Pacific sinking islands threat shows action overdue: EU climate chief
The threat that climate change poses to Pacific Island nations shows that international action on the issue is overdue, European Union Climate Commissioner Connie Hedegaard said.
On the eve of this week's Pacific Islands Forum (PIF) in the Marshall Islands, Hedegaard expressed concern that some countries may try to delay a 2015 deadline for implementing reductions in emissions and increasing reliance on alternative energy sources.
She said Europe and the Pacific island nations would work together to push the international community to honour the deadline.
"We have to make a joint pressure to say the world is already more than late (in addressing climate change)," she told a conference in the capital Majuro.
"2015 must be taken seriously."
Hedegaard said that even though the Pacific islands were not responsible for climate change, they were willing to accept tough emissions targets, making it difficult for other nations not to follow suit.
The 15 PIF nations include islands states such as Kiribati, Tuvalu and the Marshall Islands, where many atolls are barely a metre (three feet) above sea level and risk being engulfed by rising waters.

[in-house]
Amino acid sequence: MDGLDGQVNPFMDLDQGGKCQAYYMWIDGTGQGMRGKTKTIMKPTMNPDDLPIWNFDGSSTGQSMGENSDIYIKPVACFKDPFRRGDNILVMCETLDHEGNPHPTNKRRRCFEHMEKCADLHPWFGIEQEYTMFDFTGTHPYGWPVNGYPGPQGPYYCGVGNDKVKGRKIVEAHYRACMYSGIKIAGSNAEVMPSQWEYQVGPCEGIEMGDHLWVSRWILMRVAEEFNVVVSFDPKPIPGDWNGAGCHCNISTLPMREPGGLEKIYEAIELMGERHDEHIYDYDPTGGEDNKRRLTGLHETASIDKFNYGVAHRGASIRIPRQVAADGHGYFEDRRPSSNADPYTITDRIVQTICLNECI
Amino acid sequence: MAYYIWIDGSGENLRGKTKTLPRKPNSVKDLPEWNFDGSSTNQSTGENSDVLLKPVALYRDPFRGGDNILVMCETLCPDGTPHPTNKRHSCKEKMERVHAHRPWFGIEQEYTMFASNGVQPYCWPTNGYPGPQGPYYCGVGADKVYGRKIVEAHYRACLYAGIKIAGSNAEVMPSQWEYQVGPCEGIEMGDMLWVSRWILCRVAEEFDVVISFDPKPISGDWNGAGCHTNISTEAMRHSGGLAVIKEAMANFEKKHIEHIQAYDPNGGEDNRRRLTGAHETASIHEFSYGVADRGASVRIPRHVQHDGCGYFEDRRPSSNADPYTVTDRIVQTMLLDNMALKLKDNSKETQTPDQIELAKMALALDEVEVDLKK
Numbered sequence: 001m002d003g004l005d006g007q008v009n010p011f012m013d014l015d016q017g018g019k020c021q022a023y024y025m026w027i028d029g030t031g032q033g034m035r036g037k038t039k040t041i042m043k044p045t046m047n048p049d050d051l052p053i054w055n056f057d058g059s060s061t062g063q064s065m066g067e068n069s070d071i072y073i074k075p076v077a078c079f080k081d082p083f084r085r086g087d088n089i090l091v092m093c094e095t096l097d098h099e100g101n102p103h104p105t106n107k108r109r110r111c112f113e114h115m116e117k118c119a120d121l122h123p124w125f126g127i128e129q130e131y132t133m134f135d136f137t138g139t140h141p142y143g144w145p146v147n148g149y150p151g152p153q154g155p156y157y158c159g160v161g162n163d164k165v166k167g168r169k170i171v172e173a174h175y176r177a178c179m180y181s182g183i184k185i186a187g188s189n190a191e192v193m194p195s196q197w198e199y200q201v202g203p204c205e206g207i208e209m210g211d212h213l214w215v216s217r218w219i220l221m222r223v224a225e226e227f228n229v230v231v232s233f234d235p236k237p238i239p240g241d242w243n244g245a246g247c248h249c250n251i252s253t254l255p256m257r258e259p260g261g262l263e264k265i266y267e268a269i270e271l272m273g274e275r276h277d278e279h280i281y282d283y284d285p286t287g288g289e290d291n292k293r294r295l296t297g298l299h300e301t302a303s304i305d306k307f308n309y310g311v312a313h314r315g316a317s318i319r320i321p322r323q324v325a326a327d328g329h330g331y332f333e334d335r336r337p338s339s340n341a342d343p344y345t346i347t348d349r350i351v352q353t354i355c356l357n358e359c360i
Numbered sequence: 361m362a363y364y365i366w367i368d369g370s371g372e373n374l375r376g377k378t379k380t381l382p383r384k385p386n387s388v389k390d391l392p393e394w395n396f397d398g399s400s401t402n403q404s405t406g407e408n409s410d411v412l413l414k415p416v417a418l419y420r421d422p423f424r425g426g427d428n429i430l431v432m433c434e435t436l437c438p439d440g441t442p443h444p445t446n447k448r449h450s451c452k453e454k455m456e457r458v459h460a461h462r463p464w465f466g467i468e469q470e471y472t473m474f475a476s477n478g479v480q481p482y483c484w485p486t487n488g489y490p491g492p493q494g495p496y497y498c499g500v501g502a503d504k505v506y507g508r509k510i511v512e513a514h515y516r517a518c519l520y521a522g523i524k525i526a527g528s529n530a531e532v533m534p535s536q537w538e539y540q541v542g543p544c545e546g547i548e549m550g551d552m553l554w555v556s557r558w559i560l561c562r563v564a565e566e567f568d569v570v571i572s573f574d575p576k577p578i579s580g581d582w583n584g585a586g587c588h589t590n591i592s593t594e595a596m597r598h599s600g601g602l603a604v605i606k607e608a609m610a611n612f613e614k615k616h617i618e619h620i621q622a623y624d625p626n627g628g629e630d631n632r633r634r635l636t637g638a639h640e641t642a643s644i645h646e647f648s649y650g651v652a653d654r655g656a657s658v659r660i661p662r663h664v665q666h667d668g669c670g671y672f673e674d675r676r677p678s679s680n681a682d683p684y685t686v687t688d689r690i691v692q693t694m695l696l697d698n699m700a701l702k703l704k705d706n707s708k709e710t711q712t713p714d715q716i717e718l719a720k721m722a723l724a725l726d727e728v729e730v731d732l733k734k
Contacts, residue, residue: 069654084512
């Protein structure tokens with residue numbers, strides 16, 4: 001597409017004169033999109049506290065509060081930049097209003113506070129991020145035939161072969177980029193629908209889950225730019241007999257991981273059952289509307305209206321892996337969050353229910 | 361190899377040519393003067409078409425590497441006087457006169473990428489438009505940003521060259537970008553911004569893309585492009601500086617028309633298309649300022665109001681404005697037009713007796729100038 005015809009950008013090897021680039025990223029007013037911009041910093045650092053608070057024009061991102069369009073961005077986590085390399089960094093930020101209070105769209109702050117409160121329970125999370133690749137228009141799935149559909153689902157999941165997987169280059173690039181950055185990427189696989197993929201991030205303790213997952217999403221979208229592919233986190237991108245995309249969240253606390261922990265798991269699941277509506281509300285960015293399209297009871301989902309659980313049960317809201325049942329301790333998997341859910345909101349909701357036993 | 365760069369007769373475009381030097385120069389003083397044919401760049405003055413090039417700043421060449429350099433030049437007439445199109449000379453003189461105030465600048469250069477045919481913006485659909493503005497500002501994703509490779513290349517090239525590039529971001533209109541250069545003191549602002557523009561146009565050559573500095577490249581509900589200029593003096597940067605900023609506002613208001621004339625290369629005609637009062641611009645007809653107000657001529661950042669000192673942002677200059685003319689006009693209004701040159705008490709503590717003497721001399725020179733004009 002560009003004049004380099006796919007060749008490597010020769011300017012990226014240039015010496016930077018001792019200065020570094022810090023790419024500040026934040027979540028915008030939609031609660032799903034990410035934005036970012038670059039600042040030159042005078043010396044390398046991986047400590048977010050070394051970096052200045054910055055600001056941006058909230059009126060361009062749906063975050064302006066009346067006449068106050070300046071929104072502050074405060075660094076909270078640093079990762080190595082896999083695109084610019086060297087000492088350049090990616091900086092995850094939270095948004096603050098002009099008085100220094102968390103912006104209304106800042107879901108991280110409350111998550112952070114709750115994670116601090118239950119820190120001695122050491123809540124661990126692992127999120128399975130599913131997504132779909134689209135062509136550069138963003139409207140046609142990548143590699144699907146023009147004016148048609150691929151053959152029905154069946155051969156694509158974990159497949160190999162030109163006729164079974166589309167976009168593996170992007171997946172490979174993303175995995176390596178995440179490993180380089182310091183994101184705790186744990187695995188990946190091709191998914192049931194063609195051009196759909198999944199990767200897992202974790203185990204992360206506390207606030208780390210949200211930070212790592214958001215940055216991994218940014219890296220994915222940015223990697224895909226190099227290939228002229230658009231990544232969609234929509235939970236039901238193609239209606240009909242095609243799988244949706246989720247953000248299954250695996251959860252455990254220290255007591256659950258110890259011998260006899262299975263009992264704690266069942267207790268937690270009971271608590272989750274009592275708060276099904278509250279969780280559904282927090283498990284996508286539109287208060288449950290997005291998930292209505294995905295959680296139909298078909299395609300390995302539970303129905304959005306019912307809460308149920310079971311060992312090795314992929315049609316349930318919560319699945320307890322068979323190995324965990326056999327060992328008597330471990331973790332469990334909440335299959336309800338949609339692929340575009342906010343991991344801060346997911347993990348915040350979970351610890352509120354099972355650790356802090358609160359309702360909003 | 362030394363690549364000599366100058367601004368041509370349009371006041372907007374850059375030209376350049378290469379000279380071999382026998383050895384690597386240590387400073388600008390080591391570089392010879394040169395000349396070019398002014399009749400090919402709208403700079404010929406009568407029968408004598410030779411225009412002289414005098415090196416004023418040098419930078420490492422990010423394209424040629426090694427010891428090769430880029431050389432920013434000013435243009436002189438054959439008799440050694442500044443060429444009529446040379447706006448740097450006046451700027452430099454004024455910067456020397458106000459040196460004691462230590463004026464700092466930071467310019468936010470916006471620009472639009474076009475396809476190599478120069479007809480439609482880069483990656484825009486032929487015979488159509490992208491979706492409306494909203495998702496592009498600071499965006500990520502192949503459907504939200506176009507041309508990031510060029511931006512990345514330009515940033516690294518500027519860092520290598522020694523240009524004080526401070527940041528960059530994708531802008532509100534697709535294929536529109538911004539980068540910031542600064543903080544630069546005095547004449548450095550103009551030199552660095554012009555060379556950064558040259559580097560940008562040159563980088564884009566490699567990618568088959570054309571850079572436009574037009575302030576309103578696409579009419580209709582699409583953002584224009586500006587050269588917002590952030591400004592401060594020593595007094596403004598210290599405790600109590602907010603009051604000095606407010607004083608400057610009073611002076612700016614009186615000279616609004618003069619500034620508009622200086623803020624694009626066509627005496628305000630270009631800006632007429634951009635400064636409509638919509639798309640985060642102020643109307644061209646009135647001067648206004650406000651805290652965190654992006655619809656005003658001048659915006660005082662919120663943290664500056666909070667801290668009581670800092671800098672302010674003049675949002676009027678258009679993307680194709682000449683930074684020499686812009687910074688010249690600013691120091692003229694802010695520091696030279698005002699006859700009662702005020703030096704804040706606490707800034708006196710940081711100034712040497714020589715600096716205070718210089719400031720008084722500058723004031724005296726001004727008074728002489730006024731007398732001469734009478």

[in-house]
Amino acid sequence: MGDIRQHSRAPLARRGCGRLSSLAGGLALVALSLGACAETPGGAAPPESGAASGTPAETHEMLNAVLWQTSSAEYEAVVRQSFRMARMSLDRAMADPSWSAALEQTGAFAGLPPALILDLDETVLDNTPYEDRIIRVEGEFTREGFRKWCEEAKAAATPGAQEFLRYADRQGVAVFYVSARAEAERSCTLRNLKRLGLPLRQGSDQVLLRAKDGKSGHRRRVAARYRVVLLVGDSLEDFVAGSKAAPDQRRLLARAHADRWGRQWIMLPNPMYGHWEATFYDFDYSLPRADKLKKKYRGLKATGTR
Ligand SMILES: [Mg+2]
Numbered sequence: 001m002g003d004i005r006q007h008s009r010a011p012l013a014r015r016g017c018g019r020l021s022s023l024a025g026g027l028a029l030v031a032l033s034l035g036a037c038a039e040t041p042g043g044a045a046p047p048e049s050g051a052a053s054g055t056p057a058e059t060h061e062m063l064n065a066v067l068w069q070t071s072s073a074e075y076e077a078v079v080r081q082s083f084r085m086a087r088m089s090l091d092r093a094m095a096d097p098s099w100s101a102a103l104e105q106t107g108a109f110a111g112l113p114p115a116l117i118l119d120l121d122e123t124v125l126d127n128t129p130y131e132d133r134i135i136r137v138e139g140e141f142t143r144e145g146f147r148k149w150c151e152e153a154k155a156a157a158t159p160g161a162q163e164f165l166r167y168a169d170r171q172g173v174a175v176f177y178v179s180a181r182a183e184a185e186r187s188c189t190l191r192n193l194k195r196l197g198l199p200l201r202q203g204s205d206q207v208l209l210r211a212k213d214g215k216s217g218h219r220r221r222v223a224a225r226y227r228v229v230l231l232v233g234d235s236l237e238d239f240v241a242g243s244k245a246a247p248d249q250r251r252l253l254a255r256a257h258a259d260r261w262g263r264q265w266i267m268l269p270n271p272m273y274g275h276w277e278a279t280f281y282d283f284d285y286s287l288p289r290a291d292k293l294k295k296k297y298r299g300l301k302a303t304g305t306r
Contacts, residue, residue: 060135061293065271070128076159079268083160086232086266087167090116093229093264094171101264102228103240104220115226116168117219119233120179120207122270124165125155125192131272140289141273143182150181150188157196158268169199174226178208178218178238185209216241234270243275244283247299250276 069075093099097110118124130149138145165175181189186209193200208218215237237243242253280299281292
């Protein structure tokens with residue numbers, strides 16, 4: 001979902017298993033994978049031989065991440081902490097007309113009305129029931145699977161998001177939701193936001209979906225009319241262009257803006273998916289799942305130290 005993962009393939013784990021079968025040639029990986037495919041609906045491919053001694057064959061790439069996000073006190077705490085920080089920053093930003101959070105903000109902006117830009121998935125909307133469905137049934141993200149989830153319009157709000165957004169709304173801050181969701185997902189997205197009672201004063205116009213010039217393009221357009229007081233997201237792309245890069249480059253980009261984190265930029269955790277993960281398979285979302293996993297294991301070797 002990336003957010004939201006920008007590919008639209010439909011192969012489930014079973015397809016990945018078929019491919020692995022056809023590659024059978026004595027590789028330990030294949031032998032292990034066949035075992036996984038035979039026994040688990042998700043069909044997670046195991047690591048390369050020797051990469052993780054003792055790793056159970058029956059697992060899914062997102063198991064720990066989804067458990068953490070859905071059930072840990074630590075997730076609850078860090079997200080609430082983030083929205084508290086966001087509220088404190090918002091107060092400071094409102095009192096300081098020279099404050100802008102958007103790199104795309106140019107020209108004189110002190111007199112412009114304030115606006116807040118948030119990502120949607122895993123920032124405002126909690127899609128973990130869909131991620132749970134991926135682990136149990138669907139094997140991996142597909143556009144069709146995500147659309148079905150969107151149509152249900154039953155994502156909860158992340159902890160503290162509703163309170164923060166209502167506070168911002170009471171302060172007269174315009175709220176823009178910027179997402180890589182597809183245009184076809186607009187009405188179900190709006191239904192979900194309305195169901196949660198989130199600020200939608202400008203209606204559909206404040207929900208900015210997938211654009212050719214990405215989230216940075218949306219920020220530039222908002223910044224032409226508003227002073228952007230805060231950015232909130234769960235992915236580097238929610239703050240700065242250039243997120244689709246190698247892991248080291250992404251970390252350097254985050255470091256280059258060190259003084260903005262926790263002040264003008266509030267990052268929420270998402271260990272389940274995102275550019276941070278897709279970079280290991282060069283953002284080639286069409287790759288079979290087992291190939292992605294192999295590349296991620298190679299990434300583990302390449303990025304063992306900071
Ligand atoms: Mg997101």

The PIF is set to finalise a "Majuro Declaration" on climate change this week, which aims to reinvigorate global efforts to contain global warming.
Tuvalu Prime Minister Enele Sopoaga said the situation was "dire" and the Pacific needed immediate action, not vague promises to do something a few years down the track.
"We need concrete action on the ground to save Tuvalu, Marshall Islands and Kiribati," he said.
"We have to send a very strong signal out of this panel and Forum that we need a legally binding agreement (on greenhouse gas emissions)."
The plan is to then present the declaration to UN Secretary General Ban Ki-moon at the General Assembly meeting in New York at the end of September, "to reenergize the international community".
While climate change is the central theme of the four-day summit, a raft of other issues will be discussed by the island leaders and dialogue partners attending the event, including diplomats from the United States, China, the European Union, India and Russia.
These include sustainable development, increasing islanders' control of the $4.0 billion a year tuna industry and protecting marine life in the vast ocean territories belonging to PIF members through measures such as shark protection.